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Image result for waco glider historyThe CG-4A was built with steel tubing and wood, and covered with fabric.  It could carry 15 fully equipped troops, or a jeep, or a 75mm howitzer and its crew.   The nose of the glider could be swung up for loading and unloading.   There were also doors in the sides of the fuselage. When carrying a jeep or other large item, a sturdy cable connected the cargo to the hinged nose.  If the cargo shifted on landing, the cable would pull the nose (and the pilots) up and out of the way so the cargo didnít crush them.

In 1942, a 'Glider Deceleration Parachute' was developed and installed on many Wacos.

By Air Corps edict, no strategic materials such as aluminum, copper, etc., could be  used in the gliderís construction.  These materials were reserved for bombers, fighters and transports.   The wood used in the construction of the CG-4A was mainly Sitka spruce and yellow poplar of carefully selected stock.  Western hemlock, Douglas and Noble fir, Sitka pine, sweet gum and mahogany veneer plywood was also used.   Much of the sheathing plywood was 3/32Ē, 5-ply stock; however some 3-ply was used.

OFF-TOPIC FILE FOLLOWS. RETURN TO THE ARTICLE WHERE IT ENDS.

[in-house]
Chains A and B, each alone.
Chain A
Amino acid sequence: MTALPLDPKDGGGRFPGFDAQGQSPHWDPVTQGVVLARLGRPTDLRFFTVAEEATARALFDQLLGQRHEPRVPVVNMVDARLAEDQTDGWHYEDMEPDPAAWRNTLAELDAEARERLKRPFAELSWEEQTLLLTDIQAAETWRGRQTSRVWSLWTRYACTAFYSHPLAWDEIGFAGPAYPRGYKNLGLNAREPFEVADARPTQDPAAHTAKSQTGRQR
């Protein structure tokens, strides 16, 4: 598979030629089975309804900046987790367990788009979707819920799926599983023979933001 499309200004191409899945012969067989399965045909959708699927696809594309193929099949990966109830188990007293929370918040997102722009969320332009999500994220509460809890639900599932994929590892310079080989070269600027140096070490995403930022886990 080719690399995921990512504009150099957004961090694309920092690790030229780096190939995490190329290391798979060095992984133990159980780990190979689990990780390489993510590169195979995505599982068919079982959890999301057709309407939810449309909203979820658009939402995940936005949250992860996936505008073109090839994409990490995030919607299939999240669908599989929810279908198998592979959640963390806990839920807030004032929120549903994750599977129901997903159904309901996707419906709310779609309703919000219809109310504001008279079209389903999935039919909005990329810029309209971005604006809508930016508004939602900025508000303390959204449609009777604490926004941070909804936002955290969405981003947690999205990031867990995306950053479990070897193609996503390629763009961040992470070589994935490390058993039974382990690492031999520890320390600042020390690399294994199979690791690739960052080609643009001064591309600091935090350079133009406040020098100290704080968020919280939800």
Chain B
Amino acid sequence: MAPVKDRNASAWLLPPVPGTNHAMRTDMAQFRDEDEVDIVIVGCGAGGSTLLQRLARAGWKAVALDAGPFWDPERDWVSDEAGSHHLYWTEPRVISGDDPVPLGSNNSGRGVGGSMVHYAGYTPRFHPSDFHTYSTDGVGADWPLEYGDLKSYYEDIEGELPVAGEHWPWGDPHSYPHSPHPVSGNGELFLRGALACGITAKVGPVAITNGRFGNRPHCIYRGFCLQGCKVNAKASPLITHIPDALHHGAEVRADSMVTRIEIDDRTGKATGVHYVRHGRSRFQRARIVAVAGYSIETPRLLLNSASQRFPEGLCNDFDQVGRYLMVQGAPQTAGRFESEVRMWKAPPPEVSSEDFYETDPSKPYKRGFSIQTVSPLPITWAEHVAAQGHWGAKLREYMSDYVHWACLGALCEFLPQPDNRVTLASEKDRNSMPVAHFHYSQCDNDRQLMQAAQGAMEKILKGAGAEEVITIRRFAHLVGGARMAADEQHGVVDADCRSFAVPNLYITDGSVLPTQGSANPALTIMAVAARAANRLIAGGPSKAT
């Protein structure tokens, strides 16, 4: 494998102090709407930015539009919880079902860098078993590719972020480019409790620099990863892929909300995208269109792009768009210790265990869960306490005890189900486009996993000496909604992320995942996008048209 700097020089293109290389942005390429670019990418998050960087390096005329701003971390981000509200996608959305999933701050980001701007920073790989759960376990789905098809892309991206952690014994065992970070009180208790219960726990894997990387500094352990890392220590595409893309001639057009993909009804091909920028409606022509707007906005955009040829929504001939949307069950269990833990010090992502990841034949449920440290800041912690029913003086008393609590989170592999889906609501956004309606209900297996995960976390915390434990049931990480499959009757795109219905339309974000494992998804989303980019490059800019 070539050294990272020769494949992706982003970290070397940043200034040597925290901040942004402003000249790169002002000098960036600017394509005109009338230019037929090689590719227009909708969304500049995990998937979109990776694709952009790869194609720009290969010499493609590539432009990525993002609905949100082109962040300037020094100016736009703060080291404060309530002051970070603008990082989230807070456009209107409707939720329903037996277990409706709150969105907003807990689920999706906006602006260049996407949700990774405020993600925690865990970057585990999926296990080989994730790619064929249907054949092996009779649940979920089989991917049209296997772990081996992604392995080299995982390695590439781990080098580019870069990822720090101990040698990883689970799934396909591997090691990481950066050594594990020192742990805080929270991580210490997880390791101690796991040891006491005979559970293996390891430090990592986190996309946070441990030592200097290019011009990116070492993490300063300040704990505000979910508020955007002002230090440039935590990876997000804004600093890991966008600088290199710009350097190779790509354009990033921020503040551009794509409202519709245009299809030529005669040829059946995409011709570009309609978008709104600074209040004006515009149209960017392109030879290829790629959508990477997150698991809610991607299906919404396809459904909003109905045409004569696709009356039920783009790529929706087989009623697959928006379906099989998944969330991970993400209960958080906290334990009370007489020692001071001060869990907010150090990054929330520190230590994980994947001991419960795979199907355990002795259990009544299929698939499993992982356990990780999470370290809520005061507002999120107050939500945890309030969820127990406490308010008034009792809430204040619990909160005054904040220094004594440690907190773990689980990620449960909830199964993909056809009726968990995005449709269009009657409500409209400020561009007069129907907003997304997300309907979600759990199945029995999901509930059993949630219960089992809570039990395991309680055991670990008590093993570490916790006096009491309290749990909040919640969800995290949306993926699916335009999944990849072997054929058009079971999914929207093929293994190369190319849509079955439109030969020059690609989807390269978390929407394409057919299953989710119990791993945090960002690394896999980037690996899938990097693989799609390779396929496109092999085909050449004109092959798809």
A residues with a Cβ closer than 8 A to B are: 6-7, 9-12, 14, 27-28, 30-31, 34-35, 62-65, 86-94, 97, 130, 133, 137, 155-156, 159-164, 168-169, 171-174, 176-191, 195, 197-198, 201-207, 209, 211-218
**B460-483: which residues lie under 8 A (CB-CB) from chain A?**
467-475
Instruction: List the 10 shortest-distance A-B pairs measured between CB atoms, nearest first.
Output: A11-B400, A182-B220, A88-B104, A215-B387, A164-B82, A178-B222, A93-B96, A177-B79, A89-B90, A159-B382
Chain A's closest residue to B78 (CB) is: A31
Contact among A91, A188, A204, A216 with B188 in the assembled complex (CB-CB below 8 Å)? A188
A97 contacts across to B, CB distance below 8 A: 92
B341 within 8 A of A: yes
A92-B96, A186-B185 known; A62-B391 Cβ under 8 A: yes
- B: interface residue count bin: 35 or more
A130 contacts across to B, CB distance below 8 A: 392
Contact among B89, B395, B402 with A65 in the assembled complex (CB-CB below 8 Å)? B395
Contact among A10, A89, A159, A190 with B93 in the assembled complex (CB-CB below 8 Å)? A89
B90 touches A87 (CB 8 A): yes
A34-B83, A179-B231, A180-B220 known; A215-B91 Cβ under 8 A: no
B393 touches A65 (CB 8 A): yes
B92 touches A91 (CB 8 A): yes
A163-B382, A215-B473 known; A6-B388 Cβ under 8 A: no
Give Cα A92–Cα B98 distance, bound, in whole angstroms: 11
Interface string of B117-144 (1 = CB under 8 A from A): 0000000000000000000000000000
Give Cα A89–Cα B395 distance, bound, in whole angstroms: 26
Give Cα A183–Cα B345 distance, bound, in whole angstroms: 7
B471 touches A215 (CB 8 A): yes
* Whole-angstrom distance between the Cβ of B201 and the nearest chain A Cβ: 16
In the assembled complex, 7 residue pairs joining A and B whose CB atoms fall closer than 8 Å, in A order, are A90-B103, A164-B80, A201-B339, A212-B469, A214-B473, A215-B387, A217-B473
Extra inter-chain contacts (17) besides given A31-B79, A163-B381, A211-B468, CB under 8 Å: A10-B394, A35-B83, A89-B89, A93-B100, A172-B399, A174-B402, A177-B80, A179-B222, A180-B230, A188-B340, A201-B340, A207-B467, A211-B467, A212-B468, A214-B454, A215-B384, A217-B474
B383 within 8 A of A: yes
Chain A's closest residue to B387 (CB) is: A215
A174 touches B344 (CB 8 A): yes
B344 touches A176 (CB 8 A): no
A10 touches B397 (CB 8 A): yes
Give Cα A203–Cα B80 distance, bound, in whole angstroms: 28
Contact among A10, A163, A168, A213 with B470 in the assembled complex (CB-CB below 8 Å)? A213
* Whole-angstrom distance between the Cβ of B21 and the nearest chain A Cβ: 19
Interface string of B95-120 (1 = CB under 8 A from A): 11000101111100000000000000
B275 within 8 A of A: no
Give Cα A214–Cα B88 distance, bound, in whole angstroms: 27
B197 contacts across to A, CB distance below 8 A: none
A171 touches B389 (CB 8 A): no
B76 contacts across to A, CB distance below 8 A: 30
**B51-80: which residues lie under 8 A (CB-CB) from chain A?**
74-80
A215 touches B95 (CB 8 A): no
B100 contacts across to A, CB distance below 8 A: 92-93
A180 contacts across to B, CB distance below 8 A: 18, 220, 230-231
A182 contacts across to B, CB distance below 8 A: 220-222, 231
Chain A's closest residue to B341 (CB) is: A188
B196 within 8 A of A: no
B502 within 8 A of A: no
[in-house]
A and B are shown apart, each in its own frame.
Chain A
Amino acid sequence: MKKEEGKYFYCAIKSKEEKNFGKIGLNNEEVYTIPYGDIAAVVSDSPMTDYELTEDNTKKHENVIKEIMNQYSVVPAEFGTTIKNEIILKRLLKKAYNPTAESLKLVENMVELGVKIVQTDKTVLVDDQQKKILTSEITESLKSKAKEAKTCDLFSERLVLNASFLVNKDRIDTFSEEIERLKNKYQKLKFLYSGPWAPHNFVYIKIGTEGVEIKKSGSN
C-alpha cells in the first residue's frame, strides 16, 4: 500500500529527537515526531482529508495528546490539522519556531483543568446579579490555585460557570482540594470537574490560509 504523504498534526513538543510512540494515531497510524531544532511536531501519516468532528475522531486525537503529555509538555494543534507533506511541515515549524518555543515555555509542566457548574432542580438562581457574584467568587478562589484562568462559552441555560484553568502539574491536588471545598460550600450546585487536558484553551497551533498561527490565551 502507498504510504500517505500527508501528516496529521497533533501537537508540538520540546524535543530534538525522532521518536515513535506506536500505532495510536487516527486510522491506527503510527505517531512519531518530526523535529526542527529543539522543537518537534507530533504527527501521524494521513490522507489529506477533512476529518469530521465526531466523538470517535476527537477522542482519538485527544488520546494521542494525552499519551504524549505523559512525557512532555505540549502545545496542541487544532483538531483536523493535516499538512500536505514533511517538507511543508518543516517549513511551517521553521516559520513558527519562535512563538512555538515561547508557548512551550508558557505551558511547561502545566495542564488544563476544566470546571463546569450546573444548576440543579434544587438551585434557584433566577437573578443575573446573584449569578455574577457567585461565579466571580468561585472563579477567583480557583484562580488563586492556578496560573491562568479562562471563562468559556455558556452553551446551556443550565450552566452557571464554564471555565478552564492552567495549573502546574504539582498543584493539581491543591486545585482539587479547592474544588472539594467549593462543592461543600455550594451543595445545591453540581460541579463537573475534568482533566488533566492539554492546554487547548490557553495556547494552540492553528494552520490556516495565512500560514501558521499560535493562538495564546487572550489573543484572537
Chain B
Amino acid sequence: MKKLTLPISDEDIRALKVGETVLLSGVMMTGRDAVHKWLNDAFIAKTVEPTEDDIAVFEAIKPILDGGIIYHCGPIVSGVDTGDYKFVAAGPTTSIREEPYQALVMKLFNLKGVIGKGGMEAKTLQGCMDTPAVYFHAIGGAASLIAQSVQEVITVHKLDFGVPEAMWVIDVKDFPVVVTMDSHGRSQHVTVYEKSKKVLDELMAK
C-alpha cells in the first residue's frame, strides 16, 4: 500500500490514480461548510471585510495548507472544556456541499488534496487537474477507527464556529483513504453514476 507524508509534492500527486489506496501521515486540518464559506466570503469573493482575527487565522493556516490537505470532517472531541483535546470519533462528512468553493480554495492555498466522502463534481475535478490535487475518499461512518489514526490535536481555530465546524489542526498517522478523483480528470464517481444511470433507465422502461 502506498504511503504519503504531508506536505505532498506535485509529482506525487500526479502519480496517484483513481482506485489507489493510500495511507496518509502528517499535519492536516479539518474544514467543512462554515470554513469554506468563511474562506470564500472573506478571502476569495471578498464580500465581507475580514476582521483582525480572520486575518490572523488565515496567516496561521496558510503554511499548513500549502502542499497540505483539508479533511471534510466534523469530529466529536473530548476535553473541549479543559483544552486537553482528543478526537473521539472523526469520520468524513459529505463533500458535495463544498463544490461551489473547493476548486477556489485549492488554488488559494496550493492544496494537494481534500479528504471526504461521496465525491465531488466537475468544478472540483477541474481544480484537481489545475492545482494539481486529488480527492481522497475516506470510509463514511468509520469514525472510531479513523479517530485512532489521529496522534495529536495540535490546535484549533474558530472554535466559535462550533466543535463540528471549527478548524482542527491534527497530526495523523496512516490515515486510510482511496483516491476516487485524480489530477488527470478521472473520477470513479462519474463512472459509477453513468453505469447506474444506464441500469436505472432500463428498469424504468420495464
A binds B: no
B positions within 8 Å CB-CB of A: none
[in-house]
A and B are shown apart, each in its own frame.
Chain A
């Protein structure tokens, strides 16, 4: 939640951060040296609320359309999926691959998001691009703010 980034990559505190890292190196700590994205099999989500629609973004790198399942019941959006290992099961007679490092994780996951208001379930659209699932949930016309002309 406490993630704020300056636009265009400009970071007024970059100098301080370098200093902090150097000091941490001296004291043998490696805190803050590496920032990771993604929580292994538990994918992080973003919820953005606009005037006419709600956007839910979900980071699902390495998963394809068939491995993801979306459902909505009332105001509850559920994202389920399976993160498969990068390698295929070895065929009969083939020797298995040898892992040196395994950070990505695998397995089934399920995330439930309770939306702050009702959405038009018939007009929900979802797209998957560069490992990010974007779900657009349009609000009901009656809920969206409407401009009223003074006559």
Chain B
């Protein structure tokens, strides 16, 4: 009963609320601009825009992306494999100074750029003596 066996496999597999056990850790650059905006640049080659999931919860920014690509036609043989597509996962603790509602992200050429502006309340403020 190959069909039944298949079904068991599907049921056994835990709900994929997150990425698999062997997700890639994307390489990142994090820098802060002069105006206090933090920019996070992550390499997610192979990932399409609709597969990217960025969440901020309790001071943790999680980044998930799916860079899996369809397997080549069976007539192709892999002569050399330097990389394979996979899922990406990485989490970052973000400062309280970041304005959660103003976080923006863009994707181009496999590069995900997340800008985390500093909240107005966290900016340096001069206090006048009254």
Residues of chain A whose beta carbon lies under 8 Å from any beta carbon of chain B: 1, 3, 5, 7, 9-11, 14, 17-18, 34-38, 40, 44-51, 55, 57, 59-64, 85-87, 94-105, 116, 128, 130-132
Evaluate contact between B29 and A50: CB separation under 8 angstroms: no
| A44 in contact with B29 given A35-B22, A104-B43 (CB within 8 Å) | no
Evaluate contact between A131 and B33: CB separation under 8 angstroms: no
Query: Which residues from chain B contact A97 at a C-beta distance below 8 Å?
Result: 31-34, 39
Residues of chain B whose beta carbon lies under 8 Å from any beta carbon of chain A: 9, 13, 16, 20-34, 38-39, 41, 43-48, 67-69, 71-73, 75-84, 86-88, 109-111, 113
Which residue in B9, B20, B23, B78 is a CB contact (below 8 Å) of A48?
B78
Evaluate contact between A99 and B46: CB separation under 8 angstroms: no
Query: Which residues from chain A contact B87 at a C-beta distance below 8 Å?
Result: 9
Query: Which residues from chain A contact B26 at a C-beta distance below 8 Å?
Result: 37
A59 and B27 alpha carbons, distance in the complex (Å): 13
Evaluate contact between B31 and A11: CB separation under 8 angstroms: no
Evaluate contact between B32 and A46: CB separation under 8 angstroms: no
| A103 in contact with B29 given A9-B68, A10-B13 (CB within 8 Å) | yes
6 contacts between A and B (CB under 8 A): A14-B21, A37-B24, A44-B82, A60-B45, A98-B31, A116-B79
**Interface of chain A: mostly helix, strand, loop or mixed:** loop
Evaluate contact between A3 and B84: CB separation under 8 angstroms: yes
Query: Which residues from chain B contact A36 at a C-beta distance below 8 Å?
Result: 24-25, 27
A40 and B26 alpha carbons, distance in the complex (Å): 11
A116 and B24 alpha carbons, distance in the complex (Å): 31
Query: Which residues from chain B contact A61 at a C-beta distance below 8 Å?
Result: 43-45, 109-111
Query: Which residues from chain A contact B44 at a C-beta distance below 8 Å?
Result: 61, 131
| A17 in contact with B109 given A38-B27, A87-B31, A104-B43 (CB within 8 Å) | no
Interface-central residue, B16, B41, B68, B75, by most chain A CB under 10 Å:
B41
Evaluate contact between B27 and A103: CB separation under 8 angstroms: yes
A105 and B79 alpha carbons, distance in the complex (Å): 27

Manufactures include Ford (4190 at their "Woodie" factory), Waco, the designer (750), Cessna (750), Gibson Refrigerator - at the facility that began building wooden ice boxes (1078)  - a total of almost 14,000 gliders, with major assemblies like wings subcontracted to a variety of vendors, many from the Grand Rapids, Michigan area furniture businesses using the abundance of fir and ash from the local forests.

Gibson was founded by Joshua Hall in Belding, Michigan, in 1877 as the Belding-Hall Company selling cabinets that housed blocks of ice (ice-boxes). The area around Belding, Michigan, had a skilled workforce of Danish craftsman and a good supply of hardwoods including ash. The company was purchased by Frank Gibson, a competing manufacturer of "ice refrigerators" in the early 1900s. It was the largest in its industry at the time. In 1932, the company began making electric refrigerators. During the Second World War, Gibson manufactured 1,078 Waco CG-4 troop and cargo assault gliders under license. The company claims to have innovated the refrigerator light, the upright freezer, and the "Air Sweep" mechanism for distributing conditioned air. In 1956, Hupp Corporation acquired Gibson. In 1967 Hupp merged with White Consolidated Industries.

Many references on the Internet - some good ones are:

    http://www.airbum.com/articles/ArticleWACOGliderCG-4A.html

    http://www.militaryfactory.com/aircraft/detail.asp?aircraft_id=1189

WACO CG-4

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